Poor are still poor

By Renee Tomcanin
March 21, 2002

“Half of the world’s people struggle to live on less than $2 a day.” This shocking fact is from an article in Monday’s New York Times. Estimating that there are 6 billion people in the world, which means that 1.2 billion people are living like that. Imagine having only $2 to spend on yourself for everything you need to do in one day. The article reported that a fifth of the world lives on less than $1. That’s half of the sum you were thinking about before. To me this is just mind-boggling.

I started thinking about everything I do in a day. I wake up, turn on the lights–I’m spending money already. I brush my teeth–money gone from the toothpaste, wear on the toothbrush, not to mention the water I’ve used. Then there is the usual morning prep from washing my face to changing clothes to maybe grabbing something to drink. All in all, I’ve probably spent close to a dollar in everything I’ve just done, and I haven’t been up for more than half an hour. Even now, as I am typing this article, I’m using power and resources that cost more than probably anyone in a third world country can afford.

So, back to the New York Times article I mentioned. It was previewing a meeting to be held by many world leaders in which they will assess how they will distribute aid to poor and struggling countries. The plans that more developed countries have been following since about World War II have been anything but successful in recent years. Aid has slowly been dropping off. While some things, like illiteracy, have been improving, the poor are still poor. For example, many Africans have the same incomes as they did forty years ago. There has been much advancement in that time. Our own minimum wage has been raised 50 cents in the last few years, and that’s not even figuring in inflation.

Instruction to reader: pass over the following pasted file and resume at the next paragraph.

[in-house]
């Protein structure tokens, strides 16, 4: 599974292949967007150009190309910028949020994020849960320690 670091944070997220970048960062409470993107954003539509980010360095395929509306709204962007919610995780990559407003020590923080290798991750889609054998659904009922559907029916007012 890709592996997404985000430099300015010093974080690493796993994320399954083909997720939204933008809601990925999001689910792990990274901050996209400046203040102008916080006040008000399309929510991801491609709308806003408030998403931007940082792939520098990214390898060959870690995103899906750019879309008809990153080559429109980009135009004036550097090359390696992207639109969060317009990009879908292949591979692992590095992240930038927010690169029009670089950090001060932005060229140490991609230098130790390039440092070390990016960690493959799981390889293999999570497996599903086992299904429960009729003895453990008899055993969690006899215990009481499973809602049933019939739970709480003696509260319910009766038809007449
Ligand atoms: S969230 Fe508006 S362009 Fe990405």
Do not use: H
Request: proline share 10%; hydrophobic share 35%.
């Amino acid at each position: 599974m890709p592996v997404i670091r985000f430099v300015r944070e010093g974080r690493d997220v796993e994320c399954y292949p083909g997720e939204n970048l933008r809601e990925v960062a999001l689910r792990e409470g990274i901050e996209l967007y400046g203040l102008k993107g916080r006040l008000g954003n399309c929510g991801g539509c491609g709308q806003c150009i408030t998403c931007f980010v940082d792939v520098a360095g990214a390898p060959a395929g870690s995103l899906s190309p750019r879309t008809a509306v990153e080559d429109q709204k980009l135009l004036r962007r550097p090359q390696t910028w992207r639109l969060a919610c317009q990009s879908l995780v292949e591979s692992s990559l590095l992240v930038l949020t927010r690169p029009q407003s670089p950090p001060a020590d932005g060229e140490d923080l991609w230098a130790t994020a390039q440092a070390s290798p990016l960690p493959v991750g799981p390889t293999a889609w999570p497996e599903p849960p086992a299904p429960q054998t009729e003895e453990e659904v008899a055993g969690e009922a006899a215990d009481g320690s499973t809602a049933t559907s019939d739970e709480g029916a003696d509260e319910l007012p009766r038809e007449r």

It is hard to tell what the correct solution to this problem will be. Many will say more money is needed to help out these countries. However, it has been shown that some nations, like Poland and Vietnam, are success stories, yet others are at a standstill; they are not effective in using the aid they receive. More prosperous countries should give more monetary aid to these nations because money is an issue. In the world that we live in money will always be needed; that is something that we cannot change, at least immediately. However, other types of aids will be necessary. Ways to plan and reorganize how the money will be distributed would help out drastically. Donations of time and caring will benefit these people in need.

Paul O’Neill, secretary of the Treasury, has dreams of revamping the World Bank. While this could be a good idea, O’Neill comes from a business background, having been CEO of Alcoa, Inc. This could help nations who need more of a business sense. However, many of the problems are from lack of food, education and health care. A humanitarian leader would be essential to make this plan come around full circle. The United Nations seems to be picking up this slack, which is a good thing. They are devoting money to fighting diseases such as AIDS, tuberculosis and malaria. By caring for a nation’s most valuable resource, their people, countries will prosper because they will have a fighting chance.

Two dollars a day. Two portraits of George Washington. No one should have to live on that or less.

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Renee Tomcanin

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